Trap V captured significantly more weevils (a total of 1726 specimens) than trap F (F = 7.620, df = 1,114, P = 0.007) (Fig. 2) In August, the V trap captured 277 organisms, and the number increased to 385 in September, with maximum capture of 2232 in October. The V-trap design includes 4 orifices in the cap, which may lead to better release of volatiles. Weevils captured by the F trap were always lower than those for the V trap; however, the trend in counts over the course of the investigation were similar to those observed for V traps, namely less than 50 specimens captured in August and September followed by an increase in early October, with a peak totaling 2894 insects captured with both bait types, then decreasing and remaining at low numbers until the end of the experiment. This may be because of trap design, which only presents one opening for the volatilization of fermentation products. No captures were recorded in the control treatments throughout the experiment.

The fermented maguey was the most attractive bait for S. acupunctatus in August, but pineapple accounted for the highest counts in September-October. No statistical differences were observed between baits (F = 0.106, df = 2,114, P > 0.05) (Fig. 3). This might be explained by the fact that some of the fermentation products are identical or similar in both bait types; according to Figueroa et al. (2001) the major component in both pineapple and fermented maguey is ethanol, with minor components including acetaldehyde, acetic acid, and ethyl acetate. A difference between sampling events was detected (P < 0.001), with sampling 7 being the most significant one (748 insects). Data obtained for the sugar cane weevil M. hemipterus sericeus (Giblin-Davis et al. 1994a) and palm weevils R. palmarum and R. cruentatus (Camino et al. 1992; Oehlschlager et al. 1993; Giblin-Davis et al. 1994b; Oehlschlager et al. 1995) suggest that fragrances and fermentation products (ethyl acetate, ethyl lactate, ethyl isobutyrate, ethanol, butanol, acetic acid, hexanoic acid, and lactic acid) derived from a variety of plants or fruits are attractive for these insects.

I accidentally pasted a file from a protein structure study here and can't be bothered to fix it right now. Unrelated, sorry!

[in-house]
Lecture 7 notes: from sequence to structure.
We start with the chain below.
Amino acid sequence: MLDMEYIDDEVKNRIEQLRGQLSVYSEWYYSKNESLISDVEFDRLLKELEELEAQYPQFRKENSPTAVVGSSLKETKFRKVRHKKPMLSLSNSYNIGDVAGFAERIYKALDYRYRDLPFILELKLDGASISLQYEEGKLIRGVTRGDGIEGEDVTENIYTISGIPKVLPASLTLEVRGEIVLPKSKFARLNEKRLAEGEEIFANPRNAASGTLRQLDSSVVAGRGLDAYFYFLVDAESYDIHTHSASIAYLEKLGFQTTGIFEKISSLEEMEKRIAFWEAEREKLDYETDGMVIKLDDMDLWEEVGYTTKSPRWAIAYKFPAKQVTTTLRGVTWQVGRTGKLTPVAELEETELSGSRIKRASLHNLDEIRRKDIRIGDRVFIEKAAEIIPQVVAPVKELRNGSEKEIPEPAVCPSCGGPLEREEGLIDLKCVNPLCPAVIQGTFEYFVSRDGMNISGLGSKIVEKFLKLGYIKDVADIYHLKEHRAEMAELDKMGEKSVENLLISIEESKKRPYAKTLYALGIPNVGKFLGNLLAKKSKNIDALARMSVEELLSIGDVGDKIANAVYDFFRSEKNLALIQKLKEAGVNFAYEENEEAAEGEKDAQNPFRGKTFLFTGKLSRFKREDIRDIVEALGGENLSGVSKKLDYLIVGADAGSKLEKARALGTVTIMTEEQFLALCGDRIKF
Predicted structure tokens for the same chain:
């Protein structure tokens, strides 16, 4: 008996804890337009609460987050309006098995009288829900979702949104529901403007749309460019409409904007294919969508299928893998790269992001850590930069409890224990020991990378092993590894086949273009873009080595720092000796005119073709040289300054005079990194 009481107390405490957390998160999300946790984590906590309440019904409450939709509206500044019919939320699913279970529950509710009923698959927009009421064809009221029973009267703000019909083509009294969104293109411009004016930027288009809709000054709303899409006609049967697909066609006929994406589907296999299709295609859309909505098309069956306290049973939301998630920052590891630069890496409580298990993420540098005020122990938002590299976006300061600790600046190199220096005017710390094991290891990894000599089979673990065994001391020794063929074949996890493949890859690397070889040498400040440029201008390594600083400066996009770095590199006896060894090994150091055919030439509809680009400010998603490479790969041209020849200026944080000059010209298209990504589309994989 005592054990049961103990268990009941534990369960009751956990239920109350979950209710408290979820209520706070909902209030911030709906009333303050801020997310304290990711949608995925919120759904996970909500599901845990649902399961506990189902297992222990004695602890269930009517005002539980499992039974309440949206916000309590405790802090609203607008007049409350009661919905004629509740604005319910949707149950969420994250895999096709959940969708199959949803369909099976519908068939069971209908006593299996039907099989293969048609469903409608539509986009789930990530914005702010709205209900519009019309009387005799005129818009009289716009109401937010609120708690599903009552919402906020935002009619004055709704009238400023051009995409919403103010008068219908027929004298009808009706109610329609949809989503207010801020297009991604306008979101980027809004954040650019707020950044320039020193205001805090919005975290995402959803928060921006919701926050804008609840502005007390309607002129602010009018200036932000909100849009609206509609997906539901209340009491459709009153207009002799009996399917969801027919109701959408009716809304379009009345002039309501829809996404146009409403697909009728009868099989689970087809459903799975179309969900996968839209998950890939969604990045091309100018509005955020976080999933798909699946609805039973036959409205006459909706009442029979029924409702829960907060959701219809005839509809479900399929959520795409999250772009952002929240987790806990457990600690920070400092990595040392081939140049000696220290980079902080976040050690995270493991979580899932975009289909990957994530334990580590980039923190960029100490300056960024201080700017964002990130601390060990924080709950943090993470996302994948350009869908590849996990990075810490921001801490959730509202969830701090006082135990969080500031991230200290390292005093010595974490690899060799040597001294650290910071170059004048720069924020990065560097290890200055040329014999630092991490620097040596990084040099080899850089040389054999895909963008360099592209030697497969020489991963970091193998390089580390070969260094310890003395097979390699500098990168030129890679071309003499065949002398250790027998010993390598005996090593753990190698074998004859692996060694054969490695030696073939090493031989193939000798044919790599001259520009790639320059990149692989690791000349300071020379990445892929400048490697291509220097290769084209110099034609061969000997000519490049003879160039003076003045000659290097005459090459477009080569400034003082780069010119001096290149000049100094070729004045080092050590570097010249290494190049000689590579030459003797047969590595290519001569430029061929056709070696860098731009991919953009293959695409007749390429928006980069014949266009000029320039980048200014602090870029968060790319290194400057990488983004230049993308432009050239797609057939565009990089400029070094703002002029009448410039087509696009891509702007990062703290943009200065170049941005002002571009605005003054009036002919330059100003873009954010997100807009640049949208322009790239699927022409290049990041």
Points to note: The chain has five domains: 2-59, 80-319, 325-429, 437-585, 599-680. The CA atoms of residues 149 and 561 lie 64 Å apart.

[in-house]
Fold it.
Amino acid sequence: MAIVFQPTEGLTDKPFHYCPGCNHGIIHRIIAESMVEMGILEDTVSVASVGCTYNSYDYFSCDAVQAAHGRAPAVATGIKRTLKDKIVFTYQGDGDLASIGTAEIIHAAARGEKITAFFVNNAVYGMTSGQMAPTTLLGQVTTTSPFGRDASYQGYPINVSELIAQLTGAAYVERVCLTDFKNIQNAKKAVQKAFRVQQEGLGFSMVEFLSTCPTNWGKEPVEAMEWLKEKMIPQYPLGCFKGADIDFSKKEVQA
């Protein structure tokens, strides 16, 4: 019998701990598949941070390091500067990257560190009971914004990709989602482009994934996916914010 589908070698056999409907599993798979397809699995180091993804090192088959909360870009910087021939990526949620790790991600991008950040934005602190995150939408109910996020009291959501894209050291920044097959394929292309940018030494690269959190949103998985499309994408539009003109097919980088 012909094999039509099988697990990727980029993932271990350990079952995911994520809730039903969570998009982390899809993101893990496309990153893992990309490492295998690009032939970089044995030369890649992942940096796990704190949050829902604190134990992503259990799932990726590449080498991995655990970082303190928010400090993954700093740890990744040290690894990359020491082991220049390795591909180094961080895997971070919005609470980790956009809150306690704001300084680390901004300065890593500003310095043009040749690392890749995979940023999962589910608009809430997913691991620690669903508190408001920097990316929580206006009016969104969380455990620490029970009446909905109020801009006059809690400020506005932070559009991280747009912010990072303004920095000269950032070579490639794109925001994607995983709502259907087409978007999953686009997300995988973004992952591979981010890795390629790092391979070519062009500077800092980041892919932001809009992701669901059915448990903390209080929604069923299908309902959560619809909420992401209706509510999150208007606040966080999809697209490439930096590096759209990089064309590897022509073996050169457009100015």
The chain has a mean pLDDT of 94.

The statistical comparison of traps and baits revealed no significant differences; however, substantial capture may contribute to decreasing the size of populations feeding on and damaging tuberose crops.

The Victor type was the most effective trap for capturing S. acupunctatus, suggesting that this trap design allows a better volatile dissemination. Hence, this trap type can be recommended to monitor weevil populations, or as an aid to reduce the population size of this pest as part of an Integrated Pest Management program.

The results presented in this research work are part of the project CGPI-IPN 200091. The authors thank the Fundación Produce Morelos A.C. economic support received to carry out this investigation.

Summary

Tests were conducted to assess the attraction of Scyphophorus acupunctatus to two natural baits (fermented maguey and pineapple) in two trap designs (Victor and funnel) in 2001 in fields planted with offshoots of Polianthes tuberosa in Emiliano Zapata, Morelos, México. There was a statistically significant difference between traps, with the Victor-type trap giving the largest catches.

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Appendices

Fig. 1.

Traps used for capturing the tuberoses black weevil S. acupunctatus: a) Victor trap, and b) Funnel trap

i0015-4040-88-3-338-f01.gif

Fig. 2.

Capture of S. acupunctatus adults in the field with two natural baited traps in Morelos Mexico (F = 7.620, df = 1,114, P > 0.007). Bars show SE

i0015-4040-88-3-338-f02.gif

Fig. 3.

Capture of S. acupunctatus adults in the field using two natural baits in Morelos Mexico. There is not statistical difference observed between fermented maguey and pineapple (F = 0.606, df = 2,114, P > 0.05). Bars show SE

i0015-4040-88-3-338-f03.gif
M. A. Elena Valdés E, Lucila Aldana LL., Rodolfo Figueroa B, Mirna Gutiérrez O, María C. Hernández R, and Tomasa Chavelas M "TRAPPING OF SCYPHOPHORUS ACUPUNCTATUS (COLEOPTERA:CURCULIONIDAE) WITH TWO NATURAL BAITS IN A FIELD OF POLIANTHES TUBEROSA (LILIALES:AGAVACEAE) IN THE STATE OF MORELOS, MÉXICO," Florida Entomologist 88(3), 338-340, (1 September 2005). https://doi.org/10.1653/0015-4040(2005)088[0338:TOSACW]2.0.CO;2
Published: 1 September 2005